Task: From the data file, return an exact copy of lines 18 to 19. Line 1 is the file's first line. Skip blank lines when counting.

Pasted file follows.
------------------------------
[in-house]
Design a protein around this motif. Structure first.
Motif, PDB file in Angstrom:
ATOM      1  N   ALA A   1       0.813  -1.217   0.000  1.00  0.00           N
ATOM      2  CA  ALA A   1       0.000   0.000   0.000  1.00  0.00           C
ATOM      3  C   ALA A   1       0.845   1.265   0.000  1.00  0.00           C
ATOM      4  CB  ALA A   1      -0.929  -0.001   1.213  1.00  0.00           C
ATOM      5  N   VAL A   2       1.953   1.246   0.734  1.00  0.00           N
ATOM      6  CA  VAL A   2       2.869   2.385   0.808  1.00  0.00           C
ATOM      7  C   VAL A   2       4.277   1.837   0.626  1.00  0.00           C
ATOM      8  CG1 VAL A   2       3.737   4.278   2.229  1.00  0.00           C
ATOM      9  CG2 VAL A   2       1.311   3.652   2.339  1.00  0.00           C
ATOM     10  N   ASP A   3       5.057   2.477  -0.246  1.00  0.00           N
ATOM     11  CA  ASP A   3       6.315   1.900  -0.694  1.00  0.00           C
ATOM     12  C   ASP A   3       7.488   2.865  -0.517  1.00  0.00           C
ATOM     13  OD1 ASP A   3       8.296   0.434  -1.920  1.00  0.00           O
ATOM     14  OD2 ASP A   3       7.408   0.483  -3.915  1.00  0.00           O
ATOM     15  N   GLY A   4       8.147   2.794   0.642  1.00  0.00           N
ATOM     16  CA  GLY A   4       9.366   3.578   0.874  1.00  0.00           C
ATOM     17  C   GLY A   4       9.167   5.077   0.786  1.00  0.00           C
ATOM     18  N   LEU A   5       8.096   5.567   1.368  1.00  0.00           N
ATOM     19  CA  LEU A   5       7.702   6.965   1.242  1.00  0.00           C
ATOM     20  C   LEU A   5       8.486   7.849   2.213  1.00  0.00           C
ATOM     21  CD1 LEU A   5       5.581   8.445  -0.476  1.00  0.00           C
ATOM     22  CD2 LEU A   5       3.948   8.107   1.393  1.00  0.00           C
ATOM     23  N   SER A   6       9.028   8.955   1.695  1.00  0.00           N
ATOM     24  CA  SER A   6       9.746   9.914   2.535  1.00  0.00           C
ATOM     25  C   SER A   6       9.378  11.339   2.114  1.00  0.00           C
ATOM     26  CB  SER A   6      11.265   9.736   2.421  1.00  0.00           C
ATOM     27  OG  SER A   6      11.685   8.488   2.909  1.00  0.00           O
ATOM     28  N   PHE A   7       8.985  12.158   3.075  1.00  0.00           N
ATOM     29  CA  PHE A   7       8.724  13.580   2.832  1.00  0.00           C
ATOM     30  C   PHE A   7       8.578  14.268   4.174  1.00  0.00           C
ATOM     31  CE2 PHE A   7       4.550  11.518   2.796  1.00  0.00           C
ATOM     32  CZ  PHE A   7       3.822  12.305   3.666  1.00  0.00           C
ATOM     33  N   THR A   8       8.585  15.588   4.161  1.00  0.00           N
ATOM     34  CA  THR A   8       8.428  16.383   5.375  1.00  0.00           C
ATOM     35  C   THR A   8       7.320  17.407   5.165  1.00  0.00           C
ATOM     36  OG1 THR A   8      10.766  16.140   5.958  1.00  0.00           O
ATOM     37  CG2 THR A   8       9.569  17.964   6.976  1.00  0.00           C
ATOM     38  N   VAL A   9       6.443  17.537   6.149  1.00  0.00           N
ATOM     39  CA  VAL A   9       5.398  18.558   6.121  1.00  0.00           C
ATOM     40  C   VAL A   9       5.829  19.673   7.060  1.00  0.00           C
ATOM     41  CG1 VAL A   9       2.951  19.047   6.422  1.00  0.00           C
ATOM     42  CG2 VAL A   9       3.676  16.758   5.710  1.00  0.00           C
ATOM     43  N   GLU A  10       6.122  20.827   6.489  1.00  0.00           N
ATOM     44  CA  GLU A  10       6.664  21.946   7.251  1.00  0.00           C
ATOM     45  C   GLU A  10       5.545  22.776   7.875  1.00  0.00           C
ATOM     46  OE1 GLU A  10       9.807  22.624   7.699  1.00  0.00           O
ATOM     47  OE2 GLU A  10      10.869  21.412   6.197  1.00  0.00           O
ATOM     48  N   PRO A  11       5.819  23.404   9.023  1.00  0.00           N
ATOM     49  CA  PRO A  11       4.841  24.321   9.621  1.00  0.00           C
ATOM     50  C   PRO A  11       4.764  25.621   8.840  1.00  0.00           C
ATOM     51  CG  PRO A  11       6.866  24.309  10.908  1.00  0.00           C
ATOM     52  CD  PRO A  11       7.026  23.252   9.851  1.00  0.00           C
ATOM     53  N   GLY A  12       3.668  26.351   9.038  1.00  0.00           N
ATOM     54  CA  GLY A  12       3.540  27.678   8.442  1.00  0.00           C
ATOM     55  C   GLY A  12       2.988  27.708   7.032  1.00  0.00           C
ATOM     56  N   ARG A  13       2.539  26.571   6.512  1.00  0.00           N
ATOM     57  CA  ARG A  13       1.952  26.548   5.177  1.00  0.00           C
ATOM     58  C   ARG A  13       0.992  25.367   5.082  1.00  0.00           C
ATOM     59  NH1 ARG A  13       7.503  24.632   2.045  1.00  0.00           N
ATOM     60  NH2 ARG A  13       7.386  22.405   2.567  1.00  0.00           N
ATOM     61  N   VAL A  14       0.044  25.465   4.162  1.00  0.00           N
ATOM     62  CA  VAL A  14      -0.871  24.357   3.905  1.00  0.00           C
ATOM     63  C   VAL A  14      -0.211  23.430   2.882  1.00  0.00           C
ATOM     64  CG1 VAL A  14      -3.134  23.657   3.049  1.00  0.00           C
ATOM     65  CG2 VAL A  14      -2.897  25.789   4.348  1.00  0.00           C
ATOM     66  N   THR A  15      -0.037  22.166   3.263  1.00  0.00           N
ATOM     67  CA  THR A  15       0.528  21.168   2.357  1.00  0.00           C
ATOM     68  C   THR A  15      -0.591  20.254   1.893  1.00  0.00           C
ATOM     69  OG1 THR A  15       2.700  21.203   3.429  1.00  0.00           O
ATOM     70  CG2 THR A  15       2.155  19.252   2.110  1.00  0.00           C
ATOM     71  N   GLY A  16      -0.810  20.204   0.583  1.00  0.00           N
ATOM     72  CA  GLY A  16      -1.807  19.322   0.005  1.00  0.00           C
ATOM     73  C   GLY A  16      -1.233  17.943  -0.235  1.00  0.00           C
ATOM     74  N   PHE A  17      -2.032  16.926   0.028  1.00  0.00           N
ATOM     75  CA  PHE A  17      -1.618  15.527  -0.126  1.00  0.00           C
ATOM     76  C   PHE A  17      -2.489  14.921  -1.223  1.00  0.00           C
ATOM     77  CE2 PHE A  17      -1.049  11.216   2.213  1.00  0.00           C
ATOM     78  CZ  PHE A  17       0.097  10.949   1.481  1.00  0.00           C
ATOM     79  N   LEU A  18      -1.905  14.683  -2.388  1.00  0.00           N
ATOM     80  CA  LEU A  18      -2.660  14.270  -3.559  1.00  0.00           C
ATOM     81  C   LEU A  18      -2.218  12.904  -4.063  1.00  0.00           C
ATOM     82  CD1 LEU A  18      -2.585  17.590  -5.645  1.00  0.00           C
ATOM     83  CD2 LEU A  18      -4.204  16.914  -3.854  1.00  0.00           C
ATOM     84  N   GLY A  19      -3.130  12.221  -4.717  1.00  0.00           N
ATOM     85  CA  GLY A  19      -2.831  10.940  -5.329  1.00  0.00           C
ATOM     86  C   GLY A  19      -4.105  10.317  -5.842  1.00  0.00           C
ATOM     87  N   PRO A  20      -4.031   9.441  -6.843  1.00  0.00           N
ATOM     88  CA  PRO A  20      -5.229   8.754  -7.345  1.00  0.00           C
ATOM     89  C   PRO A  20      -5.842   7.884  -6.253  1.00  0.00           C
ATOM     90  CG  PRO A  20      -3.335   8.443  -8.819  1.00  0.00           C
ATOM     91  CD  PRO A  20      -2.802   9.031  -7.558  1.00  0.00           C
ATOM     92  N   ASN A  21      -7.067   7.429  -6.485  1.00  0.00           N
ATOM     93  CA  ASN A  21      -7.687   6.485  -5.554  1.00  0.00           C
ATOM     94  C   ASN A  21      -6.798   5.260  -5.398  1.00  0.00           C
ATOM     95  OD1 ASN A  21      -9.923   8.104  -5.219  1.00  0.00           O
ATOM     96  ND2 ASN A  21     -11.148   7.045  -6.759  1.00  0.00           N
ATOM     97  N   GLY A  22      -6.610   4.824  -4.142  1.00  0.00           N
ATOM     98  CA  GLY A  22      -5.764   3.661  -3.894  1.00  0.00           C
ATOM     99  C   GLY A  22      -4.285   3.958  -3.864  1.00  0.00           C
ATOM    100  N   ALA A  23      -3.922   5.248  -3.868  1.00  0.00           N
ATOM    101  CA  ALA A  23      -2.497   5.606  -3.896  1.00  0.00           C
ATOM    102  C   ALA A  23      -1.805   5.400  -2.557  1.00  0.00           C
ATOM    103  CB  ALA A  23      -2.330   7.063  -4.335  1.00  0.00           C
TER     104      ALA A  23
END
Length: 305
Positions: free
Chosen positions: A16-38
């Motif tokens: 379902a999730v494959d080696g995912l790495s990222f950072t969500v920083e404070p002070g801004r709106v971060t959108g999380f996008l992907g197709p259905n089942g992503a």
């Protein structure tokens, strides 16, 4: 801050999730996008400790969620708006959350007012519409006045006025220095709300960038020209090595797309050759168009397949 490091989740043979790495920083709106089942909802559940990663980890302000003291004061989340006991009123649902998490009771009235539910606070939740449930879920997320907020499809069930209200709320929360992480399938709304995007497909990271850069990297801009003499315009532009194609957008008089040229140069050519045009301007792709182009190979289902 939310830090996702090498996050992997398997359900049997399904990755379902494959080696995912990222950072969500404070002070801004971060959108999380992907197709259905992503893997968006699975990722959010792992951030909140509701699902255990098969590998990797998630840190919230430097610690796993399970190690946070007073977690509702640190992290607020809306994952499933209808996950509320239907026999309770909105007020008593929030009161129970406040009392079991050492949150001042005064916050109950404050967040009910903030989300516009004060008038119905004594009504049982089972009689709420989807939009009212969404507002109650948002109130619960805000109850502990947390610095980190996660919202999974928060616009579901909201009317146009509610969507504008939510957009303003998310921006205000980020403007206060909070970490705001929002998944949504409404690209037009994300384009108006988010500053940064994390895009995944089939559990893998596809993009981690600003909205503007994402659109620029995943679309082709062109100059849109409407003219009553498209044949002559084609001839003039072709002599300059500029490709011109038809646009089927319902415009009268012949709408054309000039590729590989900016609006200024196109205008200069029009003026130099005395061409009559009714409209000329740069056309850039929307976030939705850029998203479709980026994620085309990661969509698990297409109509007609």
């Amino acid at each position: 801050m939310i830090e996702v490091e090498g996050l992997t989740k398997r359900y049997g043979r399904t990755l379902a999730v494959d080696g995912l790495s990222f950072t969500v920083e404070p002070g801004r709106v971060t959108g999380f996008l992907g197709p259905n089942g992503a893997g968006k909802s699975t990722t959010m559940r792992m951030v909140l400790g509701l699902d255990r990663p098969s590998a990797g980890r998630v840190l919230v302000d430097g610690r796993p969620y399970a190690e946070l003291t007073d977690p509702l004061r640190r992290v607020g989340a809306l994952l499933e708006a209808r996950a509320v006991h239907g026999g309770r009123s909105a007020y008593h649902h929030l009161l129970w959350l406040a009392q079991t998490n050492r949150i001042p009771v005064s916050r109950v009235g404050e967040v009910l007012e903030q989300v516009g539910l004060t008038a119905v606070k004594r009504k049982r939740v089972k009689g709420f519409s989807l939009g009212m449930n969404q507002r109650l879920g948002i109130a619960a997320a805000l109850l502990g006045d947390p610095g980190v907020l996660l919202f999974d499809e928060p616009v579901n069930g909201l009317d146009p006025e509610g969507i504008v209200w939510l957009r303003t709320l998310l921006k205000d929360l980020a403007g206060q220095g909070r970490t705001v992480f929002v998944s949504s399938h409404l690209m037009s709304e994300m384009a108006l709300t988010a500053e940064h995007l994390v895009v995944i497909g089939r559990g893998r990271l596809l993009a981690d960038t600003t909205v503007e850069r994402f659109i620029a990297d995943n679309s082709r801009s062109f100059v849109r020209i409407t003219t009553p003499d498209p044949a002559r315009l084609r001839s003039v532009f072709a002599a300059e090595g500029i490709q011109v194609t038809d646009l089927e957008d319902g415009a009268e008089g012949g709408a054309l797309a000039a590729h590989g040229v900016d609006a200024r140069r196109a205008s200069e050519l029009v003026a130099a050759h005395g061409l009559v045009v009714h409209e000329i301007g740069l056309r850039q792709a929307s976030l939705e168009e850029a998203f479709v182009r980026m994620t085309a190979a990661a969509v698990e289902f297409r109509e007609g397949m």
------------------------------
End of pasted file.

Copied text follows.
ATOM     15  N   GLY A   4       8.147   2.794   0.642  1.00  0.00           N
ATOM     16  CA  GLY A   4       9.366   3.578   0.874  1.00  0.00           C